Having a Brother on the Spectrum


The moment you have been waiting for! To close out April aka Autism Awareness Month, I'll describe what my life is like when living with an autistic person.


Autism … offers a chance for us to glimpse an awe-filled vision of ...
My brother has autism, is nonverbal, incapable of functioning independently, has a strict diet because of his autoimmune/digestive disorders, and cannot walk flatfooted. He used to have sensory problems, but grew out of it. After his diagnosis, our lives were forever changed. Autism was still new, so insurance didn't cover therapies or medical treatment. My parents couldn’t afford the bills, so my dad worked in New York for an additional two years, while my mother stayed home with my siblings and I, taking care of us and the house. She would have to take my brother to speech/occupational therapy 4 days a week, 45 minutes both ways. Those were hard days. Things got easier once my dad moved here. I hate when people say I'm "entitled" because my family is well off and Republican. Supposedly, I come from an "always-been rich family who never worked hard." If you knew what my family went through to get to where we are today, you'd eat your words. I was the "envy" of my classmates because we could afford certain luxuries, even though we're Indian and have a disabled child. But enough of my rant.

An autistic child does change everything. It's no longer about yourself, but about someone else. Instead of living on campus, I commute to school (which is an hour away), so I could be home with Joshua. Why? He doesn't understand why his sister is gone, and doesn’t like it. People on the spectrum aren't good with change. Do you know of anyone who would do this for their sibling? Probably not. In high school, when my classmates were going to the movies or the beach, I wanted to go, but I was needed home to help with Joshua. Same goes for the present. I can’t begin to explain how much I would like to hear him speak. To hear him say my name, or an “I love you.” Going out to eat with Joshua, we have to order for him, make sure he doesn’t grab food, and feed him. It’s usually my dad and I on each side of Joshua. Thankfully, I had two wonderful parents who ensured my sister’s and I’s happiness, so 1) we'd stay close to our brother, and 2) because they feel guilty to know when they're gone, we will have the weight of responsibility with our brother.



^^My first tattoo
I matured quickly compared to my peers. They don’t have to think about their sibling’s future, if something is physically/mentally wrong with their sibling, if he/she should be in a group home in the future, who you'll choose to marry/if they will accept your brother, or if something happens to your parents tomorrow who will care for him (financially, making medical decisions, providing for him). I think of these things. You become a “parent” to that sibling with autism. I constantly worry about Joshua. You do everything you’d do for a baby. You also see how bad the world can be. There have been a number of occasions where people gave my brother dirty looks because of his “annoying” behaviors.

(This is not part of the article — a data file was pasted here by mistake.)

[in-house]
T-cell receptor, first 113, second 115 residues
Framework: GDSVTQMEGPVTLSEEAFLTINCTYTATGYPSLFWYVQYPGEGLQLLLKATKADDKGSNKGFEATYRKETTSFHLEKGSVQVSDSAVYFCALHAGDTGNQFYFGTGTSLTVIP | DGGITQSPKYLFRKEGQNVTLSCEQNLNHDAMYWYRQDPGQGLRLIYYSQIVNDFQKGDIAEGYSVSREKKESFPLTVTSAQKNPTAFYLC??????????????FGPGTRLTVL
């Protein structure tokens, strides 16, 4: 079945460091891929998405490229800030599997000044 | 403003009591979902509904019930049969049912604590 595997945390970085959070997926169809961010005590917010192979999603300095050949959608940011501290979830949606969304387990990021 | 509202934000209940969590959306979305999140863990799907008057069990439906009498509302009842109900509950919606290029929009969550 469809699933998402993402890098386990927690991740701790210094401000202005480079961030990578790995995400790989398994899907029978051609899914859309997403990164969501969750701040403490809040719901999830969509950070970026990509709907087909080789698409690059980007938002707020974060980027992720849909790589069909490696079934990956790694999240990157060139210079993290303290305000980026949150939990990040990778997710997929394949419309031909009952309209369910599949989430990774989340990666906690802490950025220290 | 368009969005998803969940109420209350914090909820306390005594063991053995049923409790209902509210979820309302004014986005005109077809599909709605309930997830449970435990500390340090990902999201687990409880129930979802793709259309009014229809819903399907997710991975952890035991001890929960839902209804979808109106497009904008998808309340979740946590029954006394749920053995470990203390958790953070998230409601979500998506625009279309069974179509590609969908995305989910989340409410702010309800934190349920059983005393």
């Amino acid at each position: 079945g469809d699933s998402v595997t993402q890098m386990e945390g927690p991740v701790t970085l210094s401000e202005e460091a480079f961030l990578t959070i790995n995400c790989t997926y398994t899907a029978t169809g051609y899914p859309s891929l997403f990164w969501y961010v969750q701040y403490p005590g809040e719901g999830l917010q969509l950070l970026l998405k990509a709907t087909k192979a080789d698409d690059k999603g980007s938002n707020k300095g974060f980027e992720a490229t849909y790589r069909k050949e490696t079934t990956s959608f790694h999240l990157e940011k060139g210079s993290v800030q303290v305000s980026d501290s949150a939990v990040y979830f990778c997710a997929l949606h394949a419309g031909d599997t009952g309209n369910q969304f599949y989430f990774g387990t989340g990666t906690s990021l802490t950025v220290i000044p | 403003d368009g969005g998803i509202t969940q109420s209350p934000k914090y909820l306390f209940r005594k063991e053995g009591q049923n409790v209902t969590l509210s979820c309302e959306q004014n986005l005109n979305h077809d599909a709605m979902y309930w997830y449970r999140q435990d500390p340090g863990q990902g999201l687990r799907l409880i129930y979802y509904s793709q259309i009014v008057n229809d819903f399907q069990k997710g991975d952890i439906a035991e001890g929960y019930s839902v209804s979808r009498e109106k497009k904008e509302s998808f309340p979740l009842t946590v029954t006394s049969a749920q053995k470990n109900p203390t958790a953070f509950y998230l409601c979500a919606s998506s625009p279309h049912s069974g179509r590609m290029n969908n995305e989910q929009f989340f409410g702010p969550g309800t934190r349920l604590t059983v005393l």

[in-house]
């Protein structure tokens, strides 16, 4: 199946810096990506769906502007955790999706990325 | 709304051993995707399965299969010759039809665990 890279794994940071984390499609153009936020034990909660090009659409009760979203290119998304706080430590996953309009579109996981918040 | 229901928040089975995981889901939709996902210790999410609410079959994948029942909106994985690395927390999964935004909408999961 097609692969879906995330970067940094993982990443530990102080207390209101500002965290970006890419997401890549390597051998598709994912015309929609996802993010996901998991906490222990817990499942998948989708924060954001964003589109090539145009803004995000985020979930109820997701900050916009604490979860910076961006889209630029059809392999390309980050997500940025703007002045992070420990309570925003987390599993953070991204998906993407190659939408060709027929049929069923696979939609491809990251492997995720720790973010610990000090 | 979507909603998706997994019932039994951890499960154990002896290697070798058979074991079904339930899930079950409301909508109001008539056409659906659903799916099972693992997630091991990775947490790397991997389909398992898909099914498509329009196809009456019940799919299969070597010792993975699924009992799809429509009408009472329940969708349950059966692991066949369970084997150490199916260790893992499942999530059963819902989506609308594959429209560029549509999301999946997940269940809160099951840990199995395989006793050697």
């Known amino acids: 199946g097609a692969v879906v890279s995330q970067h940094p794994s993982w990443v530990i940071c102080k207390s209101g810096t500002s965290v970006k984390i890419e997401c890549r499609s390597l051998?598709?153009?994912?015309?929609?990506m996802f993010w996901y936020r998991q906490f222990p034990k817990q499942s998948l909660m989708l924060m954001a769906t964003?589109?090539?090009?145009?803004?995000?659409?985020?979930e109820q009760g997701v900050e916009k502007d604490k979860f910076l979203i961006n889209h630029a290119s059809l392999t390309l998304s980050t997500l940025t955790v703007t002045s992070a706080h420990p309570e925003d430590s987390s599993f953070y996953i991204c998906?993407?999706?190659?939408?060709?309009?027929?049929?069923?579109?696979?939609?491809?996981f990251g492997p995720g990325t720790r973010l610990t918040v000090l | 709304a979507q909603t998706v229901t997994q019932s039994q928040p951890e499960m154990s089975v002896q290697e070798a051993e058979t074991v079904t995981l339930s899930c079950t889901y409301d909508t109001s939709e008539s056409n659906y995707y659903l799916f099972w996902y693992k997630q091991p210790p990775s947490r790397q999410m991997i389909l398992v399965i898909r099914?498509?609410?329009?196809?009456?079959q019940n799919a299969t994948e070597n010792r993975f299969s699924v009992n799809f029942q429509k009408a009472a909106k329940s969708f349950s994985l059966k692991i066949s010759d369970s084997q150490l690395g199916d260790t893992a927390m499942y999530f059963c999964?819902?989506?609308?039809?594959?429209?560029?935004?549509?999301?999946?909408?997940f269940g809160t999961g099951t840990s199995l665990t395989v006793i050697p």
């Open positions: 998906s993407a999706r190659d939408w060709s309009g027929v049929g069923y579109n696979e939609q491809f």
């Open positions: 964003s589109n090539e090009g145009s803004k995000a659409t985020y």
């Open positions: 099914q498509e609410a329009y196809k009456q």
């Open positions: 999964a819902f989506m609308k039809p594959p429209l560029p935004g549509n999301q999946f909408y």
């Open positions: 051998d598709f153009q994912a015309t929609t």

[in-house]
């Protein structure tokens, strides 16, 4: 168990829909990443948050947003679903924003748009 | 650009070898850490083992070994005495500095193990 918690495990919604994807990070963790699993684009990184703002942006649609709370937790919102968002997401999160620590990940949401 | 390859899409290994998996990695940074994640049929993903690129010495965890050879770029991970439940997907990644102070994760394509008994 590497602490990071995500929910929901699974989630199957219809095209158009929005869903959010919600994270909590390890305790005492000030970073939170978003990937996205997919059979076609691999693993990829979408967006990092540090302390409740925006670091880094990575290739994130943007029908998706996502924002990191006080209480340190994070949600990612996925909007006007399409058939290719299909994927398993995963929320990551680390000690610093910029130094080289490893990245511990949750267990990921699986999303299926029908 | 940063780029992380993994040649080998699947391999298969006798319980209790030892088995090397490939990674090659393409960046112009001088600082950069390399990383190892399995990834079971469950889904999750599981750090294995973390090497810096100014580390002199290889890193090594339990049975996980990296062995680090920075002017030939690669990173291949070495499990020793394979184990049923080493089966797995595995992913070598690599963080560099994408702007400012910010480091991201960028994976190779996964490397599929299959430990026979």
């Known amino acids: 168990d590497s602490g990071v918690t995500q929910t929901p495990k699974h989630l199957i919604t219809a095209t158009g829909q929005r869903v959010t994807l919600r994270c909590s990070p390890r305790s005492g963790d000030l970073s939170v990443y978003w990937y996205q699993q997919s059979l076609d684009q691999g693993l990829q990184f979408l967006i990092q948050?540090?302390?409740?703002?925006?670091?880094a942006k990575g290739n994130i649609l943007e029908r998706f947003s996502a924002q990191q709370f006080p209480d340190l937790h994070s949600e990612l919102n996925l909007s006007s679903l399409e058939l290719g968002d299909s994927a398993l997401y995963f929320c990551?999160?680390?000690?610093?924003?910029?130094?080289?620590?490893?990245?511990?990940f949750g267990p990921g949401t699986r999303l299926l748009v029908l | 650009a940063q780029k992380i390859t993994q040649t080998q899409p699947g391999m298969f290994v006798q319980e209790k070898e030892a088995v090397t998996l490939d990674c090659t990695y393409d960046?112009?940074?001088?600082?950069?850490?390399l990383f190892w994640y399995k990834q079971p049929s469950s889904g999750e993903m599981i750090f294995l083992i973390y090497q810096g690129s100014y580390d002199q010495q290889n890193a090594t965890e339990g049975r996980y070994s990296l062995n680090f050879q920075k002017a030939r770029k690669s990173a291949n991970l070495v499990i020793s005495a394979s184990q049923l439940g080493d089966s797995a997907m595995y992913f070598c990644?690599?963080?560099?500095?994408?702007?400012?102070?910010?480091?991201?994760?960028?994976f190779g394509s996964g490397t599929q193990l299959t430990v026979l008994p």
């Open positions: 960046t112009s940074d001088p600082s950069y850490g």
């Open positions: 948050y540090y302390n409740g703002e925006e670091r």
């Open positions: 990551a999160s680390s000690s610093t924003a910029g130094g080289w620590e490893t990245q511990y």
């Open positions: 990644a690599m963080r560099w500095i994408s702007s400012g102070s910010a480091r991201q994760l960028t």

Since I was 2.9 years old (according to my mom), I’ve been close with my brother. Even when he was diagnosed, nobody said that something was "wrong" with him, but my parents said I knew instinctively. People see how close we are, and two stories come to mind. The first was when I was volunteering to throw a Christmas party for a school of disabled children/adults with my high school. Ironically, the party was held at my brother’s school. I got to meet his gym teacher, principal, vice principal, his homeroom teacher and aide. They were shocked to see how well I cared for Joshua at the party. The second story was when I was at SAS. I met this girl named Giselle. Allie Stuckey discussed why conservatives should have big families. I said, “Not gonna happen.” Giselle asked me why I don’t want a big family, so I told her “My brother has autism, and will live with me, so having a big family might be hard.” She thanked me for what I said, because she was so impressed that I would do something like this. Click the first image where you can see my principal from high school discussing my personality and my brother.


I'm not sure if my brother understands the brother/sister relationship, but he recognizes me. My grandmother told me when someone calls her, Josh will hang up on them. If I call, he answers it and hands the phone to my grandmother. I’m always proud of his accomplishments, big or small. My brother is very social. He loves to hug, high five, or kiss everyone. He knows when he does that and says 'please' in sign language, I’ll do whatever he wants because I’m a softie. People ask me if I wish Joshua were normal. There are some aspects to life I wish he could experience, but I wouldn't change a thing about him. Autism has taught me:

  • Don’t be so quick to judge someone by their behaviors.
  • Be compassionate and kind.
  • To not care what others think.
  • Be selfless.
  • Love doesn't need words.

My brother has made me the best person I can be. As hard as it has been, I wouldn’t trade it for the world. I love my brother. That’s why I hate eugenics or when someone says they’re sorry for me. Josh is the most important person in my life. This is what my life is like with an autistic sibling. I’m grateful God he gave me someone like Joshua. In closing, please remember to not judge someone who’s acting "weird," because they might be like my brother.

What did you think of my testimony? Comment down!!

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